Companies and organizations throughout the aviation supply chain will be able to use the guidelines. From fuel suppliers, air carriers, and logistics service providers (LSPs), to shippers of freight, corporations who use corporate travel, and travel management companies, stakeholders will be able to collaborate on accounting to meet mandated or voluntary emissions goals. The Guidelines create a clear approach for SAF emissions accounting and disclosure that is based on the SFC’s previously developed, Global Logistics Emissions Council (GLEC) Framework. The guidelines are aligned with recognized emissions accounting protocols, including the Greenhouse Gas Protocol, and represent a clear and consistent set of rules that all reporting companies can use.

"Decarbonizing air transportation is critical to achieving an efficient and zero-emissions global logistics sector,” said Dan Smith, Senior Technical Manager, Smart Freight Centre. “Smart Freight Centre is proud to have collaborated with the MIT Center for Transportation & Logistics in developing these guidelines to scale the uptake of SAF and reduce aviation GHG emissions." 

The Sustainable Aviation Fuel Greenhouse Gas Emission Accounting and Insetting Guidelines aim to facilitate collaboration across air transportation value chains, drive the investment necessary to bring SAF production to scale and decarbonize the aviation sector. Companies, organizations, and regulatory bodies are invited to download and utilize the guidelines upon publication in June of 2021. To learn more and be first to receive the publication, visit:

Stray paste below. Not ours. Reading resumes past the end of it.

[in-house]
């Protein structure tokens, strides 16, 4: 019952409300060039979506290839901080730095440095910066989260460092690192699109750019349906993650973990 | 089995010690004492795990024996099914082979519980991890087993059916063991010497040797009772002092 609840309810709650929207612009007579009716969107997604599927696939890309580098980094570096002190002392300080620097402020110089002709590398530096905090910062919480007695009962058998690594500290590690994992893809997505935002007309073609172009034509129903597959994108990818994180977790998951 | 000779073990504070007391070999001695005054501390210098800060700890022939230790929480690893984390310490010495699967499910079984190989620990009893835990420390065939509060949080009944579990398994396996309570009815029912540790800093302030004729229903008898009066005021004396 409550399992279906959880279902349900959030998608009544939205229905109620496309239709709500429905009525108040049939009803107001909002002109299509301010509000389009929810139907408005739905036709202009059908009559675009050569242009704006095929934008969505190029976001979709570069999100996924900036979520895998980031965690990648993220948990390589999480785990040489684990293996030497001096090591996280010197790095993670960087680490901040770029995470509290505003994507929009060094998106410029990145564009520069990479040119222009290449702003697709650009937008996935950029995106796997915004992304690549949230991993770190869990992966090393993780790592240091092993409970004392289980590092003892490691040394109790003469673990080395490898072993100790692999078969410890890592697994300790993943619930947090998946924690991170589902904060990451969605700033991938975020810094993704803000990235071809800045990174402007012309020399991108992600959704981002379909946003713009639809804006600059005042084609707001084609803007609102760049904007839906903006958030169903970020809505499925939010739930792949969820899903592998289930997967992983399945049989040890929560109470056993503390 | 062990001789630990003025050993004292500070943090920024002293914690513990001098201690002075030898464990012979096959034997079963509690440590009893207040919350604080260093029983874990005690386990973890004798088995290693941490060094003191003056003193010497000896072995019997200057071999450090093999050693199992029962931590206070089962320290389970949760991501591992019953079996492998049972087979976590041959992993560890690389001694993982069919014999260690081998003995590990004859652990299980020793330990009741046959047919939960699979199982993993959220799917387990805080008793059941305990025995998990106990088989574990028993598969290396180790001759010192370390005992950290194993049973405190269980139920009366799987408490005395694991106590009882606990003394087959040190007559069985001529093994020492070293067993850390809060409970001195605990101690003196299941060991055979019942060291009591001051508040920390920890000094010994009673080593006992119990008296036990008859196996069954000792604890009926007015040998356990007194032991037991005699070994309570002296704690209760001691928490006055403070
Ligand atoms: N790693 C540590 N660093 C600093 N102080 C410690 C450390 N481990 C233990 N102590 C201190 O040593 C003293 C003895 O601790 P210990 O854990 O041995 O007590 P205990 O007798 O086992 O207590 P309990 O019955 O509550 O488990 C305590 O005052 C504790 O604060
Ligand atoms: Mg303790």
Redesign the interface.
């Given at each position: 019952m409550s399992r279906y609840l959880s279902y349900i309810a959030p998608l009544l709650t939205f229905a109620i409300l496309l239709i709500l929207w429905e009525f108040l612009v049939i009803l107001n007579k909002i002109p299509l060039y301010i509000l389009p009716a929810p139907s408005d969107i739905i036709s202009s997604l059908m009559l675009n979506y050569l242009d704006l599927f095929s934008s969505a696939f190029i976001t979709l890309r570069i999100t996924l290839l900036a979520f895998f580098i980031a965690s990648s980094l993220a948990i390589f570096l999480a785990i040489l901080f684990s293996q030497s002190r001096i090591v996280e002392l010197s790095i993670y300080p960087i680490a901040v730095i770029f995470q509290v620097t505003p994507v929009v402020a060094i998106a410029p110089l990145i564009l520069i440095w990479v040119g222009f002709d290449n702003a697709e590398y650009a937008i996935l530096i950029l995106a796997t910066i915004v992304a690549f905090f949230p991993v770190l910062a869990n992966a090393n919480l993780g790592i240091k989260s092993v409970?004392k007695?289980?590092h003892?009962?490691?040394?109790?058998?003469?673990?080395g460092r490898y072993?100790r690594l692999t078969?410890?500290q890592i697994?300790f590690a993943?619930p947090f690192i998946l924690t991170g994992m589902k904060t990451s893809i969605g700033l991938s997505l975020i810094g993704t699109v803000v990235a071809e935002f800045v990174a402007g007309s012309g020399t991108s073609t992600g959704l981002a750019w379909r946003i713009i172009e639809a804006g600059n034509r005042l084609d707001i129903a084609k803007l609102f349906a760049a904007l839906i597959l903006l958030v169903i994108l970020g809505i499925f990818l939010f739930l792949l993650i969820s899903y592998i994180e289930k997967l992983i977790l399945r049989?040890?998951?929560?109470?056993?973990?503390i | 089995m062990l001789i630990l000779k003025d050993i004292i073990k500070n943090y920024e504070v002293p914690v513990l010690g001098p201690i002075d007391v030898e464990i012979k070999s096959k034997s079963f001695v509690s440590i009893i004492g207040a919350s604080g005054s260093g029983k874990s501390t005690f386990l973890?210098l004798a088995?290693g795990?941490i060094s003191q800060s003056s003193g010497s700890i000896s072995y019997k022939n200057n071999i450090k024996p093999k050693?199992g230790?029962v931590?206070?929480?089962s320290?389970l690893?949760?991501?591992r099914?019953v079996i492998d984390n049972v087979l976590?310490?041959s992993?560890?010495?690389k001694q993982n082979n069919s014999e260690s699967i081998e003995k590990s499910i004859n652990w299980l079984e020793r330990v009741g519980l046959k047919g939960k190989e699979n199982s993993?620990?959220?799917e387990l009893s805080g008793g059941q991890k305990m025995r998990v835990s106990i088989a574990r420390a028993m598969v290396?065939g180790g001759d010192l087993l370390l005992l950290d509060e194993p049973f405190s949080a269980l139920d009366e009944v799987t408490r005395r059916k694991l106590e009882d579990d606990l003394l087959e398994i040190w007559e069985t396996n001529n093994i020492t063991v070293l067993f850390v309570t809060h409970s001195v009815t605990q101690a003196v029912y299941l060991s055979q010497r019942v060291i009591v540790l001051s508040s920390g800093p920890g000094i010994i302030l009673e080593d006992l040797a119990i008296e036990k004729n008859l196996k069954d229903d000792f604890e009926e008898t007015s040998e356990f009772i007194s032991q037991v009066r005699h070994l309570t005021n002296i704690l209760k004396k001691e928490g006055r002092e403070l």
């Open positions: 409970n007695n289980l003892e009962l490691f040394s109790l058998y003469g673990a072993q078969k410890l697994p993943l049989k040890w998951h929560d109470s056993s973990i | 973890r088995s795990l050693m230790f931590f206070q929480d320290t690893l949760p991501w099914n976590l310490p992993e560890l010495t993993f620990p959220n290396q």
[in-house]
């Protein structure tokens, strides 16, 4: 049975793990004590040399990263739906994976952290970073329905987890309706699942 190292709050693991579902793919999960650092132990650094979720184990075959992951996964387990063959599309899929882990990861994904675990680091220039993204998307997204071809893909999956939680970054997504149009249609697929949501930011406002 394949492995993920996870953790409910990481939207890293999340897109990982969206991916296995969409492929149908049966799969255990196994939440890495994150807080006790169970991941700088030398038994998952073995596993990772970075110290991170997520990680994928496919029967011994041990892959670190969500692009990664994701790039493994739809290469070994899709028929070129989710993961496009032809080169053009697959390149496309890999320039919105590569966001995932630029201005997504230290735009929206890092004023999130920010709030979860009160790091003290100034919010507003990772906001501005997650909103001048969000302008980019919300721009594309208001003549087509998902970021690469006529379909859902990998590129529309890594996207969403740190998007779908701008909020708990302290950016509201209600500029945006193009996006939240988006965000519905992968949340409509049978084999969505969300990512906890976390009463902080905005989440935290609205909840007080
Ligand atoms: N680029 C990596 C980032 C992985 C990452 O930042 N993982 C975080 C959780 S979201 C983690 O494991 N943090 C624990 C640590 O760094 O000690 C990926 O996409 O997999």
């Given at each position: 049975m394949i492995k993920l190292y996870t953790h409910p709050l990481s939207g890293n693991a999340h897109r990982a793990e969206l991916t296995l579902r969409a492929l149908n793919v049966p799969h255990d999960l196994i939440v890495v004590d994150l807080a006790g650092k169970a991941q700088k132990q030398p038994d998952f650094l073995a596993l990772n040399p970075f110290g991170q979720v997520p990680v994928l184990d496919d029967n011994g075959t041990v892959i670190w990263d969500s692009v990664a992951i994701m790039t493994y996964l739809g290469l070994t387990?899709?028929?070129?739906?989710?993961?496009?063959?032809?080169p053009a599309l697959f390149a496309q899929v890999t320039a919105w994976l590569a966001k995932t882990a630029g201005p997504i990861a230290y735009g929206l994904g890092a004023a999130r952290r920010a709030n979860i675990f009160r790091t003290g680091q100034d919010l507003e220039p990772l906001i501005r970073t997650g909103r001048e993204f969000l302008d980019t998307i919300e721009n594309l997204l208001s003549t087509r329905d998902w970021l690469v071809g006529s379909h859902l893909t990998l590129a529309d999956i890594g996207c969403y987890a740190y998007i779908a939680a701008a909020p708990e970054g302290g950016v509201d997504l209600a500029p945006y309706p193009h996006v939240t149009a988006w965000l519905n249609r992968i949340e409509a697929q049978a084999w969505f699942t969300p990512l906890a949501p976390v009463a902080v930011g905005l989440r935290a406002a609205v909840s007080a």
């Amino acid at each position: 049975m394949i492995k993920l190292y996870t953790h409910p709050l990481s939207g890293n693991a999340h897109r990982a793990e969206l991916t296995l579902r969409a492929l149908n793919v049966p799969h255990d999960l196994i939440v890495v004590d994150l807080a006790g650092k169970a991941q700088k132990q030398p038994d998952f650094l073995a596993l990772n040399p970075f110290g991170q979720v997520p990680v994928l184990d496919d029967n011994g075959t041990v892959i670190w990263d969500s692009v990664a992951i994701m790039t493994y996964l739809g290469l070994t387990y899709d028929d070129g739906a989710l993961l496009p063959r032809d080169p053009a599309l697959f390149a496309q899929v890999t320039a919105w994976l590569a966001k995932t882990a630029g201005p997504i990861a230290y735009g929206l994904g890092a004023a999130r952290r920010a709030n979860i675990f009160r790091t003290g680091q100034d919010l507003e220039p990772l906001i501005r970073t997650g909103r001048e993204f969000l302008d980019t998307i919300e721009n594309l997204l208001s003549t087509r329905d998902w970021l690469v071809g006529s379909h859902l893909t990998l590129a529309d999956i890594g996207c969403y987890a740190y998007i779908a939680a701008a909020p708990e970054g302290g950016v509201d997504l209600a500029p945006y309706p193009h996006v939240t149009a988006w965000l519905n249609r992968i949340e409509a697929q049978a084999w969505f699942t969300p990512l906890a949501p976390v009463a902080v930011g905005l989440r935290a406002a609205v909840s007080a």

1. Aviation, International Energy Agency, Retrieved 13 May, 2021 from
  2. Aviation Benefits Beyond Borders Report (September, 2020),  Air Traffic Action Group Retrieved 13 May, 2021 from 
  3. Aviation could consume a quarter of 1.5C carbon budget by 2050 (8 Aug 2016), Carbon Brief, Analysis, Retreived 13 May 2021 from 
  4. SkyNRG Website, Retrieved 05/13/2021 from
  5. Aviation biofuel demonstrations, Wikipedia, Retreived 13 May 2021 from 
  6. Sustainable Aviation Fuels Fact Sheet (May, 2019), International Air Transport Association (IATA), Retrieved, 13 May 2021 from 
  7. Presentation of 2019 Air Transport statistical results (PDF) , International Civil Aviation Organization, Retrieved 13 May 2021, from 
  8. Sinderu, Jon, (Jan 10, 2020) The Promise of Sustainable Aviation Fuel Isn’t for Today, Wall Street Journal, Retrieved from